Jon Geeting: The Urbanist

No individual has done more to popularize — and build a constituency around — the city’s evolving urban fabric.

Jon Geeting | Photograph by Colin Lenton

Jon Geeting changed Philly with a blog post. Granted, it’s a very small part of the city — one intersection, really — and it took three years, but every wave is preceded by a ripple.

In 2014, Geeting published a photo essay of the spots on South Philly streets where snow accumulated through the winter. He suggested that because these strips of asphalt — “sneckdowns,” a portmanteau for “snow” and “neckdowns” — clearly weren’t being used by vehicles, they could be given over to pedestrians without impacting driving patterns. The post went viral, and this summer, one of the most chaotic intersections on East Passyunk Avenue was transformed — additional stoplight, curb bump-outs, a pedestrian island — based on the locations of Geeting’s snow piles.

Over the past six years, no individual has done more to popularize the city’s evolving urban fabric — and build a constituency around it — than Geeting. While engagement editor for PlanPhilly, he amassed a social media following as the go-to resource for all things Philly urbanism. He cultivated a passionate (and private) Facebook group of planners, city administrators and thought leaders to debate various ideas on how to improve public space in the city. Without that online brain trust, we likely don’t get Open Streets PHL, the Council debate on electric-vehicle parking reform, or our many new bike lanes. “I think a lot of this stuff is more attainable than people would think,” Geeting says. “Sometimes it may be an irrational hope, but you need irrational hope to keep working in politics.”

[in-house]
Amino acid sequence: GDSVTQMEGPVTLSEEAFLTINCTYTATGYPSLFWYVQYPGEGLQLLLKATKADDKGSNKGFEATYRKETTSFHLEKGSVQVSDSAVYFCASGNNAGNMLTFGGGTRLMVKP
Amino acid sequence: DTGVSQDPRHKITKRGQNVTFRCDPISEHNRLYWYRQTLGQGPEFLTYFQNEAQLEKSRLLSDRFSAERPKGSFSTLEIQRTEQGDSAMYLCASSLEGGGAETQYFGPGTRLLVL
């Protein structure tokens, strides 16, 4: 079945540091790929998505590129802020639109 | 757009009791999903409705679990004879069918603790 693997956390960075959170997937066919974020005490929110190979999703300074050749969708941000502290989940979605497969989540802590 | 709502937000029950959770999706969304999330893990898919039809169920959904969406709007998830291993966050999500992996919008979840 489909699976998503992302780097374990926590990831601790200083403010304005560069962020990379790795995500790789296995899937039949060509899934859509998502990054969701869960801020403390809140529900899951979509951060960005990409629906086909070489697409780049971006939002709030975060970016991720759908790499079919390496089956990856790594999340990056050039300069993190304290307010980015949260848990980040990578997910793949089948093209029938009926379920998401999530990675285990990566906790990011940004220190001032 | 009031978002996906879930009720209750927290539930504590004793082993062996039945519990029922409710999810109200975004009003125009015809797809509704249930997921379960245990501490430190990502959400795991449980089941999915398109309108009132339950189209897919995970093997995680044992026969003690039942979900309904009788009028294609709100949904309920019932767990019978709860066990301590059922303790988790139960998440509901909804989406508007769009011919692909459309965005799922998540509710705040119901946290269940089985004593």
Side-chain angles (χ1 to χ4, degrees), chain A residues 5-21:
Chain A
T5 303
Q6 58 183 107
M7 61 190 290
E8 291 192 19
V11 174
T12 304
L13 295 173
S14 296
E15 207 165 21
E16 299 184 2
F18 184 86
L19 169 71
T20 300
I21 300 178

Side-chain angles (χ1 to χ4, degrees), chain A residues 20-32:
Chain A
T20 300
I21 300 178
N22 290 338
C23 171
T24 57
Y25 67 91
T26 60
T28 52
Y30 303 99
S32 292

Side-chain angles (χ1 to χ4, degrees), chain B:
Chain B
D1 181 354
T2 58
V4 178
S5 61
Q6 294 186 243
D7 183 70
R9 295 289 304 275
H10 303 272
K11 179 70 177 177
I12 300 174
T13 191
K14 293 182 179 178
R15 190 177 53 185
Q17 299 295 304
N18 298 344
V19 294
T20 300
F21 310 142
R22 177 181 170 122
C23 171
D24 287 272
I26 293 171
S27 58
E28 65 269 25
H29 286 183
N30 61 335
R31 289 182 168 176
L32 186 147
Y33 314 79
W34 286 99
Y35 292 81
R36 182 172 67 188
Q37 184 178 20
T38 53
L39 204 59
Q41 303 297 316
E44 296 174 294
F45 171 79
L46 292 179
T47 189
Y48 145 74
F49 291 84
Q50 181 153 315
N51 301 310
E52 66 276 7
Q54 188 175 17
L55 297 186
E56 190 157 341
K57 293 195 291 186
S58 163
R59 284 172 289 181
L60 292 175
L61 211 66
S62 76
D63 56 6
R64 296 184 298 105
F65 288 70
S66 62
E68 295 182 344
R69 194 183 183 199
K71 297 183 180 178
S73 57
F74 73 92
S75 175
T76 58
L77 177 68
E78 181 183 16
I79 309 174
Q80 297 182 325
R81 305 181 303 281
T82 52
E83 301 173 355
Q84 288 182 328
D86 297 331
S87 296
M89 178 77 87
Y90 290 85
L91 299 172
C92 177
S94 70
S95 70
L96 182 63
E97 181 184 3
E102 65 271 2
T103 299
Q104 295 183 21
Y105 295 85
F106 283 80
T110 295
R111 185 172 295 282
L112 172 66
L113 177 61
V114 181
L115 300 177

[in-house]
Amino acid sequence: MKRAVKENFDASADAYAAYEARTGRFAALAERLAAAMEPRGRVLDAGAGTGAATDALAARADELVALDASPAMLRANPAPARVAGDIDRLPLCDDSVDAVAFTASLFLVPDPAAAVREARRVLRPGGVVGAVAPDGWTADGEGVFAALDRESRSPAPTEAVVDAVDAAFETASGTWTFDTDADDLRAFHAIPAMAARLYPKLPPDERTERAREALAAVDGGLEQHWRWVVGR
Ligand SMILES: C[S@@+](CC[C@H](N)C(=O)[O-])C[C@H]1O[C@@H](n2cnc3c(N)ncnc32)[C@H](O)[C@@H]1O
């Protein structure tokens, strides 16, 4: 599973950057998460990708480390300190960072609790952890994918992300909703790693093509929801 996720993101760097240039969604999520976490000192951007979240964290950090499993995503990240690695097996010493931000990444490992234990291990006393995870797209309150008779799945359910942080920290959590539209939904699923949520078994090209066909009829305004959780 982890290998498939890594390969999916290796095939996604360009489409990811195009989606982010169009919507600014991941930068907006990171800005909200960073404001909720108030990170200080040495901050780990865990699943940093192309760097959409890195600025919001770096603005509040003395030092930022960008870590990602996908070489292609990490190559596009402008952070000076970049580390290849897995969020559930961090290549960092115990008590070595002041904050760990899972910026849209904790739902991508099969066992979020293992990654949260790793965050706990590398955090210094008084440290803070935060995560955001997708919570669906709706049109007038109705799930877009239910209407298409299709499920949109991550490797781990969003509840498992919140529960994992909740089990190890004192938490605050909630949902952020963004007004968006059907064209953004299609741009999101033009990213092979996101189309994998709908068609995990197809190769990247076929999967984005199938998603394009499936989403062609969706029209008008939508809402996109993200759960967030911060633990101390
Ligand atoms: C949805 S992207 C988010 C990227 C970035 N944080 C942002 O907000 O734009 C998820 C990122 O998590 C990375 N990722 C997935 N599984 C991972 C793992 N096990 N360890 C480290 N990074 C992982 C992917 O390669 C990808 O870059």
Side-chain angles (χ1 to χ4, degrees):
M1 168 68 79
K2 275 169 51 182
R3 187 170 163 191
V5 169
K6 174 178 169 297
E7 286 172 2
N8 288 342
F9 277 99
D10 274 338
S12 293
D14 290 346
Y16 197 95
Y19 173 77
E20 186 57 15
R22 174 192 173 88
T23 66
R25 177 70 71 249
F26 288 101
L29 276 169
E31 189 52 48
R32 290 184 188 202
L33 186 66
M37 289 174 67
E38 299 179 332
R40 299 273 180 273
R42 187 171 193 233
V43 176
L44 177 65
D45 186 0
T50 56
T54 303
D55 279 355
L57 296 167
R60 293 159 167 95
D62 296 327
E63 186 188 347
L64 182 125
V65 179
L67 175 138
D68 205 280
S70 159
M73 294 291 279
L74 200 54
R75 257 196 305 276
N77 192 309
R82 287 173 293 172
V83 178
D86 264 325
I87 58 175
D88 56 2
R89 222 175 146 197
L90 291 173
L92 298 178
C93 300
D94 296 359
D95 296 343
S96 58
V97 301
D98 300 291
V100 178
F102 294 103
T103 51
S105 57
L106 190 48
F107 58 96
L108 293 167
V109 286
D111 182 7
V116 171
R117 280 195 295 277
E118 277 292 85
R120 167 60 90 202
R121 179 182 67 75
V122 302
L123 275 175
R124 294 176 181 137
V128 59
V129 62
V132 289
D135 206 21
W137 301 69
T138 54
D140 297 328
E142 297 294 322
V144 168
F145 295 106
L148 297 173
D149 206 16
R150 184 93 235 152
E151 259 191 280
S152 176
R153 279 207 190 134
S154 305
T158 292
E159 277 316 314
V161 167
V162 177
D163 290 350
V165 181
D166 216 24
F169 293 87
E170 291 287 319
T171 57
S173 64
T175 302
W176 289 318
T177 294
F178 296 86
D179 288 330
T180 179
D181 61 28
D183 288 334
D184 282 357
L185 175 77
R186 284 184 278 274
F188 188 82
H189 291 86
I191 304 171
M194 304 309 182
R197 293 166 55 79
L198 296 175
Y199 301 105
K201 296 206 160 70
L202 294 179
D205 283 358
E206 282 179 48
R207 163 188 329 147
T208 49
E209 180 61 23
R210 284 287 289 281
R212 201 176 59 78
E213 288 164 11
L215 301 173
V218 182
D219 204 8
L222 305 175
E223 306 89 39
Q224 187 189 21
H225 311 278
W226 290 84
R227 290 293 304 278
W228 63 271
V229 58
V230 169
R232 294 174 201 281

A self-taught urbanist (his degree is in linguistics), Geeting has increasingly veered into politics. Now working at Philadelphia 3.0 (a “dark money” nonprofit that backs upstart candidates against incumbents), he’s been marshaling post-Trump energy and anger toward local battles. Seeing as he’s set on promoting candidates with urbanist-friendly agendas, don’t be surprised if you hear his name referenced in an upset or two in the 2019 municipal elections. “I’ve had some success at raising the status of urbanism as a concern in local politics,” he says. “Now, the goal is to win some elections.”

Originally published as part of “The 100 Most Influential People in Philadelphia” in the November 2017 issue of Philadelphia magazine. See the entire list at